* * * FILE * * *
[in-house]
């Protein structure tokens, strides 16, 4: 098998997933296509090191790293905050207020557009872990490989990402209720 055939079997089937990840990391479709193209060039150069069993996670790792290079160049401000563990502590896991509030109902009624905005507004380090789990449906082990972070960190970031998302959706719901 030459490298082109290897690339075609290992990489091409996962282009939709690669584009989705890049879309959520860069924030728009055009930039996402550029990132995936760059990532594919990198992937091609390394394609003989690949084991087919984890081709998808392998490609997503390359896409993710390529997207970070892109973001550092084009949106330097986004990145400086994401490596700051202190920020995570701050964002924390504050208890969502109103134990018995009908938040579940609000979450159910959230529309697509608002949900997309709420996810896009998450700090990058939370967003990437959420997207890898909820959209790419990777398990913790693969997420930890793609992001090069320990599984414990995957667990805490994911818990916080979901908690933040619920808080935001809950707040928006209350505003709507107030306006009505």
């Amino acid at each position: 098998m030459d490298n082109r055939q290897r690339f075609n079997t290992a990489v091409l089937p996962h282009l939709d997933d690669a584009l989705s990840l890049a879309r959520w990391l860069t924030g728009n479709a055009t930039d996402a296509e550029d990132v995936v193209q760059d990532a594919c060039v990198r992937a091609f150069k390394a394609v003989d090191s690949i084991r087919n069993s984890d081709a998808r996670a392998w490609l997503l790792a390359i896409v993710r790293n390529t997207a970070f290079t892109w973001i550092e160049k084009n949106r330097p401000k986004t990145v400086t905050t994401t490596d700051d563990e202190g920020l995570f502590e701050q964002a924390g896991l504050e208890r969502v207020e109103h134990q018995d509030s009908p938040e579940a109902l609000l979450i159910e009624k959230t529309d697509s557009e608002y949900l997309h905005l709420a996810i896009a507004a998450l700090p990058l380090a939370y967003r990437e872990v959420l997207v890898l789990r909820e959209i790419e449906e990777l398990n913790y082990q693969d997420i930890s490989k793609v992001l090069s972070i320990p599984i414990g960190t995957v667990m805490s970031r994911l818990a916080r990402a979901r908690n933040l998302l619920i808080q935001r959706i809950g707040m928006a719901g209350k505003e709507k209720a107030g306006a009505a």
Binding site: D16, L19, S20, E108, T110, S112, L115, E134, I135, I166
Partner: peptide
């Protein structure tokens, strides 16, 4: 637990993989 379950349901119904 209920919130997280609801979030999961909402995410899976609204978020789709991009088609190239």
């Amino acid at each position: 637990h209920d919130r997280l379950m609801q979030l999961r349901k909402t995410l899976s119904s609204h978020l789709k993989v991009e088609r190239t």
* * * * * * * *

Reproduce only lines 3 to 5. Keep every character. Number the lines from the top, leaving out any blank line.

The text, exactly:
């Amino acid at each position: 098998m030459d490298n082109r055939q290897r690339f075609n079997t290992a990489v091409l089937p996962h282009l939709d997933d690669a584009l989705s990840l890049a879309r959520w990391l860069t924030g728009n479709a055009t930039d996402a296509e550029d990132v995936v193209q760059d990532a594919c060039v990198r992937a091609f150069k390394a394609v003989d090191s690949i084991r087919n069993s984890d081709a998808r996670a392998w490609l997503l790792a390359i896409v993710r790293n390529t997207a970070f290079t892109w973001i550092e160049k084009n949106r330097p401000k986004t990145v400086t905050t994401t490596d700051d563990e202190g920020l995570f502590e701050q964002a924390g896991l504050e208890r969502v207020e109103h134990q018995d509030s009908p938040e579940a109902l609000l979450i159910e009624k959230t529309d697509s557009e608002y949900l997309h905005l709420a996810i896009a507004a998450l700090p990058l380090a939370y967003r990437e872990v959420l997207v890898l789990r909820e959209i790419e449906e990777l398990n913790y082990q693969d997420i930890s490989k793609v992001l090069s972070i320990p599984i414990g960190t995957v667990m805490s970031r994911l818990a916080r990402a979901r908690n933040l998302l619920i808080q935001r959706i809950g707040m928006a719901g209350k505003e709507k209720a107030g306006a009505a």
Binding site: D16, L19, S20, E108, T110, S112, L115, E134, I135, I166
Partner: peptide